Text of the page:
Finding Ease in Uncertain Times
Updated: Apr 17, 2020
These past few weeks have been confusing. For many, it’s a major struggle to continue supporting themselves and their families, and for others a time of suffering and sickness. Our collective being is not in the highest of spirits… while a large chunk of the world waits in anxious isolation as an attempt to slow the spread of the virus, there is little we can do to control the situation. Naturally, we react in one of a few, all too human, ways…
Some are making an attempt to force themselves to maintain their usual habits, health, and state of well-being. This may cause frustration when changing circumstances hault them from performing their normal routines.
Some are using time off work and usual responsibilities to indulge in Netflix, video games, snack food, and porn. This may cause a sense of longing for deeper purpose in their daily activities… as we know, superficial pleasures only lead to short term satisfaction.
Some are panicking in fear of what is to come, acting selfishly or out of a deep-rooted drive for self-preservation, buying all the hand sanitizer, toilet paper, and frozen food available.
Some are confused and simply stuck, unsure of what to do, or what should be done.
Others are ill-informed and go about their lives as if nothing has changed and their actions have no impact at all on the situation at all.
There is a delicate balance between allowing for the natural unfolding of current events and implementing an intelligent response to influence events as they unfold… we must recognize that we do not hold all the cards… that the virus is here and it will continue to spread… but our collective behaviour can and will determine the severity of the spread and the number of lives the virus takes.
Regardless of whether the virus is present, who we are, where we live, or what our status, suffering is part of life. Our attempts to control external circumstances is really an attempt to lessen our experience of suffering. Though deep down, we know we can’t get rid of it entirely. Some days we seek pleasure. Some days we discipline ourselves. Constantly seeking balance between hedonism (extreme pleasure-seeking) and masochism (extreme discipline). This balance is what the Buddha called, the middle way.
All times of prosperity are defined by times of struggle. One cannot exist without the other. We cannot cling to one and push the other away because then we only desire change, consistently dissatisfied with the present.
Try the following to maintain a sense of stability and ease (physically, mentally, and spiritually):
Don’t react, respond. This means not acting out of fear or emotion, but acting out of clarity. If you’re feeling anxious and need to DO something to calm down, don’t rush to the store to claim a dooms-day amount of toilet paper or yell at the kids for being restless, take e few deep breaths to find some calm, re-evaluate your situation with clarity, and then decide what (if anything) you need to do/have/be to stay balanced.
Allow yourself to feel down sometimes. Finding balance, taking the middle way, does not mean always being happy or that life is always just the way to want it. Accepting the “bad” with the “good” allows us to relax regardless of the emotional state we are in.
Don’t expect yourself to maintain normal routines, adapt them! Can’t follow your normal weight lifting routine? Make a bodyweight version. Feeling less productive outside your usual office space? Clear a room and make a new one at home. Most importantly, accept that things will not happen just as they did before all this happened… change is inevitable. Attempting to make life fit your mold will not work, we must fit the mold of life.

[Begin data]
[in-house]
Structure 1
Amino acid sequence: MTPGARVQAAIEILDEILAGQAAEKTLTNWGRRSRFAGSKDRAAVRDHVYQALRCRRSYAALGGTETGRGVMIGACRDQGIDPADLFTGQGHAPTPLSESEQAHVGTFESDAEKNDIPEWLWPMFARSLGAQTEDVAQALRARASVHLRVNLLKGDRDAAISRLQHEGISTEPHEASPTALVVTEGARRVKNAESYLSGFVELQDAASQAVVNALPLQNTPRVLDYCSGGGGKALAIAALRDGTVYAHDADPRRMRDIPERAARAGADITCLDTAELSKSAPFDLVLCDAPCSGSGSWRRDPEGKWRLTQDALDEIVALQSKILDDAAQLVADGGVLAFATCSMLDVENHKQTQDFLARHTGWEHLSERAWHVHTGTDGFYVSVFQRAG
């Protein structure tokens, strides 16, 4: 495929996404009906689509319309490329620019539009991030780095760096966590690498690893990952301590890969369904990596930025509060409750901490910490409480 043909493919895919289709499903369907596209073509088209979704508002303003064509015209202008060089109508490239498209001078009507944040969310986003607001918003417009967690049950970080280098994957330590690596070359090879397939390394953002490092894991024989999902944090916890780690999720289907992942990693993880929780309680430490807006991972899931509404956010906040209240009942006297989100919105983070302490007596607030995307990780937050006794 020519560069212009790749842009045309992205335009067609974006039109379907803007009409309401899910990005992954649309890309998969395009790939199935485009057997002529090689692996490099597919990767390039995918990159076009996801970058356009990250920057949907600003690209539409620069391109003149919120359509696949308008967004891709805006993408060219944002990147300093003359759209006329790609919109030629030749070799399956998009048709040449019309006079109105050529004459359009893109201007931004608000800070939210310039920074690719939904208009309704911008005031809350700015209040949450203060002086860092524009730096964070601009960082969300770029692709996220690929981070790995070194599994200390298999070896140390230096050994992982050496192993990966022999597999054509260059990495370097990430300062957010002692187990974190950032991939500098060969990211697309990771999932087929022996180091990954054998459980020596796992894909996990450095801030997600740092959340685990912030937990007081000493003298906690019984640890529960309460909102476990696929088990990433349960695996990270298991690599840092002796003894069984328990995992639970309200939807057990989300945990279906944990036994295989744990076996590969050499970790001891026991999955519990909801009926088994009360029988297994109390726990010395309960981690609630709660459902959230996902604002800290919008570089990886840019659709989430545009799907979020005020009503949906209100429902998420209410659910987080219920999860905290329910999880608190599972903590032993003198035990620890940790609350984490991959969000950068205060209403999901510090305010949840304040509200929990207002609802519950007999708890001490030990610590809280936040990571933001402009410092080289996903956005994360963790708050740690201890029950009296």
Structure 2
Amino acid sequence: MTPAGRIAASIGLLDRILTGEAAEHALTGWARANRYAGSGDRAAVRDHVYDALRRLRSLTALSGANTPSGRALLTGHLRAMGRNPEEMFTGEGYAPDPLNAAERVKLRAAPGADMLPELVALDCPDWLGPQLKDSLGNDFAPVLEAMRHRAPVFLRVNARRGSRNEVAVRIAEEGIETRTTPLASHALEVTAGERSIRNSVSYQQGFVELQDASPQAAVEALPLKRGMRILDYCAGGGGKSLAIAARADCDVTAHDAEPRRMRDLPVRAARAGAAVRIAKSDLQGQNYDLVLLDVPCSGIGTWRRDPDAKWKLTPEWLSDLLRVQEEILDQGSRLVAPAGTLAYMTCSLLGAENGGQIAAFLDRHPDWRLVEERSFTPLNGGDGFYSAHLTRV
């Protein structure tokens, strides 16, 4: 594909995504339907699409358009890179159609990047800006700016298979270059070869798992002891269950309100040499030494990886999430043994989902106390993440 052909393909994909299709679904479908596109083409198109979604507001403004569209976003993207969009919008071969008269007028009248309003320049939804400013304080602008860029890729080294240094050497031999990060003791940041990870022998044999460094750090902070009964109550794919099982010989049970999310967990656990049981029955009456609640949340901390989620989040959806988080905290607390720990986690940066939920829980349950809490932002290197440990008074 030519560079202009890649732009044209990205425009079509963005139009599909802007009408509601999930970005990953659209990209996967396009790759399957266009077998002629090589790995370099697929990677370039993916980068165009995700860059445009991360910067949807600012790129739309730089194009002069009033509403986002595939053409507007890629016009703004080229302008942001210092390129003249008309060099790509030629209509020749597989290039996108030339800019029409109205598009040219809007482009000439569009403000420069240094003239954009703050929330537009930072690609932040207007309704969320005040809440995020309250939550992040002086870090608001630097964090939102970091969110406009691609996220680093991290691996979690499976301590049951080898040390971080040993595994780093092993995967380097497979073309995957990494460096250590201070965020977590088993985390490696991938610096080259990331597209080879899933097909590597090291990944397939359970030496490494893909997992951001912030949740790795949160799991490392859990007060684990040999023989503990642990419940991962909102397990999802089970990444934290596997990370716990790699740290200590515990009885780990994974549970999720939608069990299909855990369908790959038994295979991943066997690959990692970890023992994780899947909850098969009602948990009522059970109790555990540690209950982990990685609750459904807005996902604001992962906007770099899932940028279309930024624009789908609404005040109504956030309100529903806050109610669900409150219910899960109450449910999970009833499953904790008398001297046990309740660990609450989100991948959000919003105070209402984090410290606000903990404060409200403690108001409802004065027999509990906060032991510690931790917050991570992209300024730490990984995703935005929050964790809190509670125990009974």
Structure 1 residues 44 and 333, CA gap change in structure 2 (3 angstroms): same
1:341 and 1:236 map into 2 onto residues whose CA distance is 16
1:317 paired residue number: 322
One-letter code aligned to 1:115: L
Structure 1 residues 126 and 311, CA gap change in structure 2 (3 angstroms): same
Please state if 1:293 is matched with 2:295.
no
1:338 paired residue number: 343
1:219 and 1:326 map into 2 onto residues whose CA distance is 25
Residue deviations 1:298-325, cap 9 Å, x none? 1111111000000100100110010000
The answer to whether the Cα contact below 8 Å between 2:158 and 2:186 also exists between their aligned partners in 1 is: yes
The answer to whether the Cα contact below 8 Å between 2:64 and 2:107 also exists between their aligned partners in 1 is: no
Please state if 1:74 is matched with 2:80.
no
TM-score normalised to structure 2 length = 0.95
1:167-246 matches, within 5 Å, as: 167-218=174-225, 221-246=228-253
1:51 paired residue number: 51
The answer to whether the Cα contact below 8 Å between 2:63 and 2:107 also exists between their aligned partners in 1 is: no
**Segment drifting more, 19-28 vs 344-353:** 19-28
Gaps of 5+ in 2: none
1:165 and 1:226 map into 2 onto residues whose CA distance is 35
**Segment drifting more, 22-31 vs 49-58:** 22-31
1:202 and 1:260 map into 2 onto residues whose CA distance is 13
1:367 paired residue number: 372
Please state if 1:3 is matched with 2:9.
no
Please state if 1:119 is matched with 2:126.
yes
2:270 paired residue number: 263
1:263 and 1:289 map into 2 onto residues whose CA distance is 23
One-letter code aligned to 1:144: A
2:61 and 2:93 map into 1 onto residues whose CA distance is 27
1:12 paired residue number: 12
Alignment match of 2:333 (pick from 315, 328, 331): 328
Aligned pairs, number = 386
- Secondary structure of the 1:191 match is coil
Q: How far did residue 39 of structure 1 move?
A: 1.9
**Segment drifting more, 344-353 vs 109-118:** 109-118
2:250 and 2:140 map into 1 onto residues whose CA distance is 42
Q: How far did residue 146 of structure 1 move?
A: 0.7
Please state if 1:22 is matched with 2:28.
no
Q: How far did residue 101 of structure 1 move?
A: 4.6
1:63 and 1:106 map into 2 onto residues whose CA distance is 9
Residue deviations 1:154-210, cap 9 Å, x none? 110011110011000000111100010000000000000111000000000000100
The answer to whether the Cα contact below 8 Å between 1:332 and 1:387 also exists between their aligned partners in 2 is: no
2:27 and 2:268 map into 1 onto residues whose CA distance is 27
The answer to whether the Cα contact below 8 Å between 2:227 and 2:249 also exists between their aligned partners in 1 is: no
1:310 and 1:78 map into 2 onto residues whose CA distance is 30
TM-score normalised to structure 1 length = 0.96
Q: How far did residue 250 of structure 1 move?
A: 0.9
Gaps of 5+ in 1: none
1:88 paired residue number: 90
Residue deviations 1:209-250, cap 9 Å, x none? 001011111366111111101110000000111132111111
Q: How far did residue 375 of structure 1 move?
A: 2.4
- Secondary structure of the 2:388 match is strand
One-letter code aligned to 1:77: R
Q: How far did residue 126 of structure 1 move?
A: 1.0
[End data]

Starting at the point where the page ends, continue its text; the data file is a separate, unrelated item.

Write down a few things you’re grateful for today. Practicing gratefulness is proven to enhance our sense of fulfillment and satisfaction. In these crazy times, it’s easy to forget how much we still have going for us.
To accept the way the world is… to accept that some level of suffering will always be part of life… that our enduring of suffering makes us stronger… and that joyful times simply cannot exist without times of struggle… then the notion of “good” and “bad” fade away. We can look at circumstances, not as positive or negative, black and white, this or that, but two sides of the same coin. There will always be yin and yang, coexistence, cooperation, an ever-changing balance of oppositions.
Today is here. Less even… today is. The virus is… and it will run its course. We will struggle. Economies will fall. People will become ill or die. Families will not be able to support themselves and need help.
Despite our most intelligent response and best efforts, these scenarios are almost inevitable.
In the end, it will lead to collective prosperity. Economies will recover and grow stronger. Our healthcare systems will learn and be even better prepared in the future. The Earth’s ecosystems will heal as a result of lowered carbon emissions and human activity. Families may become closer through emotional bonds, the struggles they’ve endured, and the extra time they’ve spent together.
While this may bring some comfort, that does not mean we should not act. It means we should simply take a deep breath… stay calm… hug our loved ones close… and do the small and simple things we know to be right; wash our hands regularly, stay at home unless absolutely necessary to leave, avoid close contact with others as much as possible.
Most importantly… we must remember that we are still here. If you are reading this, if you are alive and breathing, there is plenty to be grateful for.
This virus is impermanent.
Times of struggle are impermanent.
Times of prosperity will return… though they too will not last forever.
To watch this eb and flow of life…
Without judgment… without attachment…
Is to free yourself from the stress and anxiety of all times.
Thanks for reading. Wishing you and your families well,